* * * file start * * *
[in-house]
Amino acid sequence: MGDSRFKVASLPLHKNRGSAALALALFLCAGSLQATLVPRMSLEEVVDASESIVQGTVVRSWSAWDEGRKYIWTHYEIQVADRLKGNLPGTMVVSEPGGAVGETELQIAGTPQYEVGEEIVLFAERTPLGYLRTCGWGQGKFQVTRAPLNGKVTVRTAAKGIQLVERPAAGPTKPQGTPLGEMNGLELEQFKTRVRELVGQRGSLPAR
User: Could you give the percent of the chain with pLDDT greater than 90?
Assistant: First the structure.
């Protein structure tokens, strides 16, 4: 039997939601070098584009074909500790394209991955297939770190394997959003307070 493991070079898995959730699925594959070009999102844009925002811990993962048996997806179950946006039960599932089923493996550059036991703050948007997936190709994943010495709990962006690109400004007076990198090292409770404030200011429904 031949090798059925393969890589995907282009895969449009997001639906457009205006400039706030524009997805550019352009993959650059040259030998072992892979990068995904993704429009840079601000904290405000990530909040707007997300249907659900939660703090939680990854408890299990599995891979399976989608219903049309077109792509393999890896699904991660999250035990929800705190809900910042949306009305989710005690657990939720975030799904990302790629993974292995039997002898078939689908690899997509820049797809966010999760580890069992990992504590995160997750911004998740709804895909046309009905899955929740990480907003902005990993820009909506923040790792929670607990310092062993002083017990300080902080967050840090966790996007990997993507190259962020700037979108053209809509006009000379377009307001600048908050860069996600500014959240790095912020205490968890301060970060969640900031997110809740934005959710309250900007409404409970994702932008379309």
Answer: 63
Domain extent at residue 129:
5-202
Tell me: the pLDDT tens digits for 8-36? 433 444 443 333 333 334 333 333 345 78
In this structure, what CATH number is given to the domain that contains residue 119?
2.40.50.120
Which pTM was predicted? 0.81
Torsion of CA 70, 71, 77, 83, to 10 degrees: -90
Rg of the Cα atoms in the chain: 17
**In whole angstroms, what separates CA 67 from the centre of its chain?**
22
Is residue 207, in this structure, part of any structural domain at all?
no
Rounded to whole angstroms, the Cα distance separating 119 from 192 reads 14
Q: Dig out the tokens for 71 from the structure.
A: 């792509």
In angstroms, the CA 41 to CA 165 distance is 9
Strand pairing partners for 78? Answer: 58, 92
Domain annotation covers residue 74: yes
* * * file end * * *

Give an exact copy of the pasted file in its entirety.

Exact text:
[in-house]
Amino acid sequence: MGDSRFKVASLPLHKNRGSAALALALFLCAGSLQATLVPRMSLEEVVDASESIVQGTVVRSWSAWDEGRKYIWTHYEIQVADRLKGNLPGTMVVSEPGGAVGETELQIAGTPQYEVGEEIVLFAERTPLGYLRTCGWGQGKFQVTRAPLNGKVTVRTAAKGIQLVERPAAGPTKPQGTPLGEMNGLELEQFKTRVRELVGQRGSLPAR
User: Could you give the percent of the chain with pLDDT greater than 90?
Assistant: First the structure.
């Protein structure tokens, strides 16, 4: 039997939601070098584009074909500790394209991955297939770190394997959003307070 493991070079898995959730699925594959070009999102844009925002811990993962048996997806179950946006039960599932089923493996550059036991703050948007997936190709994943010495709990962006690109400004007076990198090292409770404030200011429904 031949090798059925393969890589995907282009895969449009997001639906457009205006400039706030524009997805550019352009993959650059040259030998072992892979990068995904993704429009840079601000904290405000990530909040707007997300249907659900939660703090939680990854408890299990599995891979399976989608219903049309077109792509393999890896699904991660999250035990929800705190809900910042949306009305989710005690657990939720975030799904990302790629993974292995039997002898078939689908690899997509820049797809966010999760580890069992990992504590995160997750911004998740709804895909046309009905899955929740990480907003902005990993820009909506923040790792929670607990310092062993002083017990300080902080967050840090966790996007990997993507190259962020700037979108053209809509006009000379377009307001600048908050860069996600500014959240790095912020205490968890301060970060969640900031997110809740934005959710309250900007409404409970994702932008379309």
Answer: 63
Domain extent at residue 129:
5-202
Tell me: the pLDDT tens digits for 8-36? 433 444 443 333 333 334 333 333 345 78
In this structure, what CATH number is given to the domain that contains residue 119?
2.40.50.120
Which pTM was predicted? 0.81
Torsion of CA 70, 71, 77, 83, to 10 degrees: -90
Rg of the Cα atoms in the chain: 17
**In whole angstroms, what separates CA 67 from the centre of its chain?**
22
Is residue 207, in this structure, part of any structural domain at all?
no
Rounded to whole angstroms, the Cα distance separating 119 from 192 reads 14
Q: Dig out the tokens for 71 from the structure.
A: 């792509």
In angstroms, the CA 41 to CA 165 distance is 9
Strand pairing partners for 78? Answer: 58, 92
Domain annotation covers residue 74: yes